Designing and building a 3D printed low cost modular Raman spectrometer

Onur Aydogan, Erol Tasal


Raman spectroscopy is broadly used in both industrial and academic communities, including nanotechnology, biology, materials engineering, physics, pharmaceutical industry and environment protection monitoring. Most of these devices are worth thousands of dollars and usually require a PhD-level assistant to operate them, hence they are usually not available for college and undergraduate students. The present paper describes an affordable, easy-to-use, Raman spectrometer that can be built with commercially available electronics and optics and 3D printing. A Crossed Czerny Turner spectrometer optical configuration has been built with a linear CCD module driven by a Nucleo F401RE and Raspberry Pi. Raman spectra of Rhodamine B liquid was obtained. We propose that this system could make it easier for universities to build and use an affordable, effective, easy-to-use, Raman spectrometer for educational purposes. Introducing this technology to students with an affordable, easy-to-use, device as early as possible would help universities and colleges to draw attention to studying science. Further research into the development of affordable and effective Raman spectrometers has the potential to pave the way for broadening the application of this technology in more innovative ways in the daily lives of future residents of smart cities.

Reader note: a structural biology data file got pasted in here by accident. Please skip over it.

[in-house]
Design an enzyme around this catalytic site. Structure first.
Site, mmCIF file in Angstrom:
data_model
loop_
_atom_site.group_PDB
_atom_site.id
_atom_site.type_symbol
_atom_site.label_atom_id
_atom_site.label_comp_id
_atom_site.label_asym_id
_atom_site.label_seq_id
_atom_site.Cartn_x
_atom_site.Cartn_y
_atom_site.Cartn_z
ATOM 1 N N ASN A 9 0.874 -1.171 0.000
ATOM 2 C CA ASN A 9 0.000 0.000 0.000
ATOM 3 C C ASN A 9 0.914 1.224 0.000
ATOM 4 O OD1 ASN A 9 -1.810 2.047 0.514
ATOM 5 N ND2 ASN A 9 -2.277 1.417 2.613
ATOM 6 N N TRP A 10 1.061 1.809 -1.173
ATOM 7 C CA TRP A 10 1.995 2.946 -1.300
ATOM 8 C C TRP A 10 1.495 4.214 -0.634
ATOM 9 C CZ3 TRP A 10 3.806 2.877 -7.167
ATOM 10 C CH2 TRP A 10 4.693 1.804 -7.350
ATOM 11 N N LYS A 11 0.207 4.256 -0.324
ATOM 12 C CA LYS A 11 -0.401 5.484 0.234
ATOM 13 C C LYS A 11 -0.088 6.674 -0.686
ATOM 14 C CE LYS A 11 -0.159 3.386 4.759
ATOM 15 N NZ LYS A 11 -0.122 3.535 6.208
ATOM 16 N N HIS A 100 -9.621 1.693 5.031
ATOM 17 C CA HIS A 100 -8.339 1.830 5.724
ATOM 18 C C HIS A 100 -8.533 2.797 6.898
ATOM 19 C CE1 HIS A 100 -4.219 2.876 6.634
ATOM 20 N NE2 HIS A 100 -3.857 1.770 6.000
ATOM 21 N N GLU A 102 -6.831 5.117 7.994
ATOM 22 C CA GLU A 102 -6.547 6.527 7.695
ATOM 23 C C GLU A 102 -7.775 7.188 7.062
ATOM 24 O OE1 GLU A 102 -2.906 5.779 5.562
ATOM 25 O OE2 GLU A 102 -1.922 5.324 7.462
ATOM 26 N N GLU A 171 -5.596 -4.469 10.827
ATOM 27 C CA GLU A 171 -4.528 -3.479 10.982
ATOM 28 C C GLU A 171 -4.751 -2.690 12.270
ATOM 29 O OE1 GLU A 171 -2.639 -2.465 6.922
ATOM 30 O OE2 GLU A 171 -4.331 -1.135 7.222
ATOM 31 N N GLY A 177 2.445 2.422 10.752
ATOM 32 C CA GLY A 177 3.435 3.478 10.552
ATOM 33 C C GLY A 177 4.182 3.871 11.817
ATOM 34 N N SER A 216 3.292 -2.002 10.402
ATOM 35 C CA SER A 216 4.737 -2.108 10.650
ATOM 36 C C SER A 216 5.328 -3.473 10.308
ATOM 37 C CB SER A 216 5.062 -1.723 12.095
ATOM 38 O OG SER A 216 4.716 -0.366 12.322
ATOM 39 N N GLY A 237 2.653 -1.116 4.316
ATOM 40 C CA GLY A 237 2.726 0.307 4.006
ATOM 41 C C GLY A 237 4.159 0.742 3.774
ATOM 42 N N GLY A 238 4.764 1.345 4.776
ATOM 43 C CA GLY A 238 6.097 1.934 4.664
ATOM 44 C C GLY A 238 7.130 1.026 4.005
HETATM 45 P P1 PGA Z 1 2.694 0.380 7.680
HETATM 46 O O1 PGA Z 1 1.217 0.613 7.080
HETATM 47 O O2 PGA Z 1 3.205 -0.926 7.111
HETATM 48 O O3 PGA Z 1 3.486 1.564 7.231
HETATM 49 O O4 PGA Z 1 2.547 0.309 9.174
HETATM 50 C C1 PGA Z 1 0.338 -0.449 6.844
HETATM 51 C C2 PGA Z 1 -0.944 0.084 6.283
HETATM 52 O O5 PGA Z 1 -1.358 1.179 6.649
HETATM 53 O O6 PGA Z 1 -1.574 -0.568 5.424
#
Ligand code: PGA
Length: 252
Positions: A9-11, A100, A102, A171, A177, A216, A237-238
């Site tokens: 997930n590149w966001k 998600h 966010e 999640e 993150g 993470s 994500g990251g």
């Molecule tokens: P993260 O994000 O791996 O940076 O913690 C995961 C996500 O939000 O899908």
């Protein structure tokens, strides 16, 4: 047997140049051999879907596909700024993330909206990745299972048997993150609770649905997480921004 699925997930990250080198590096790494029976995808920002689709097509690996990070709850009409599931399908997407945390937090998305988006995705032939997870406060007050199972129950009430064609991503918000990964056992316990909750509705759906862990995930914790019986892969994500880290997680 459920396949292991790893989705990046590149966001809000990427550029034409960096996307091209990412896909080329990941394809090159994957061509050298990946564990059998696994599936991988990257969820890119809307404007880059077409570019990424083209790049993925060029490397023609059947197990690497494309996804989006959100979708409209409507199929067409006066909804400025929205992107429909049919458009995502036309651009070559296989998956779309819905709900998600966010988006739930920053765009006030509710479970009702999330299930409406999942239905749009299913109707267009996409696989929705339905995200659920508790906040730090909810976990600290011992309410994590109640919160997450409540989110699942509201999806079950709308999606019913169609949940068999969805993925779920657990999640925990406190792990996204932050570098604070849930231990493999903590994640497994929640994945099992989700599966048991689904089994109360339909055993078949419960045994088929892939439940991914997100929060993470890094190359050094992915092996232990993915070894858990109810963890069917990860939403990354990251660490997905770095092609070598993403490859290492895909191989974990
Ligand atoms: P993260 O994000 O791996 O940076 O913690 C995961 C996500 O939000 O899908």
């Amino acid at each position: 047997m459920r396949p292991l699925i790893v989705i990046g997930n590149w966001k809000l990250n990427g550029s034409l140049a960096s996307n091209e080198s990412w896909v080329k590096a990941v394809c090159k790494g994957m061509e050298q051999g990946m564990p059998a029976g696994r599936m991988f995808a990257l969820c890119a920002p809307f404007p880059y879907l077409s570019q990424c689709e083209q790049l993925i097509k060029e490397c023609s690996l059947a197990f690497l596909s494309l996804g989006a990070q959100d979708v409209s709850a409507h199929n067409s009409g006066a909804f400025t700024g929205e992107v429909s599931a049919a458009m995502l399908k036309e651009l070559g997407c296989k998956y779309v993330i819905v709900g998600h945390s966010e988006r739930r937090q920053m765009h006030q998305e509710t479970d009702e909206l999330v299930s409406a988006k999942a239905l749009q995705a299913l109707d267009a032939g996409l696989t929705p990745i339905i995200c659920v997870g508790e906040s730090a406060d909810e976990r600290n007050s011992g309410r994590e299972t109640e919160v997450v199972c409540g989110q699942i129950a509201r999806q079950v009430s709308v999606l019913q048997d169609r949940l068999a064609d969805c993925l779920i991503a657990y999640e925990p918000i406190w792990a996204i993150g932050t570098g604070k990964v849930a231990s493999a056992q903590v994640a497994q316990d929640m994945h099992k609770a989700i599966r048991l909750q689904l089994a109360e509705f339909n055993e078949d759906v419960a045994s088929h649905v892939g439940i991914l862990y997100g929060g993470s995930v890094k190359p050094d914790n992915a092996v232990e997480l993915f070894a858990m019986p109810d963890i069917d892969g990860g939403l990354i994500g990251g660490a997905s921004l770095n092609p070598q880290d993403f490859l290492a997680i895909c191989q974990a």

Raman spectroscopy; Raman spectrometer; 3D printing; experimental innovation.

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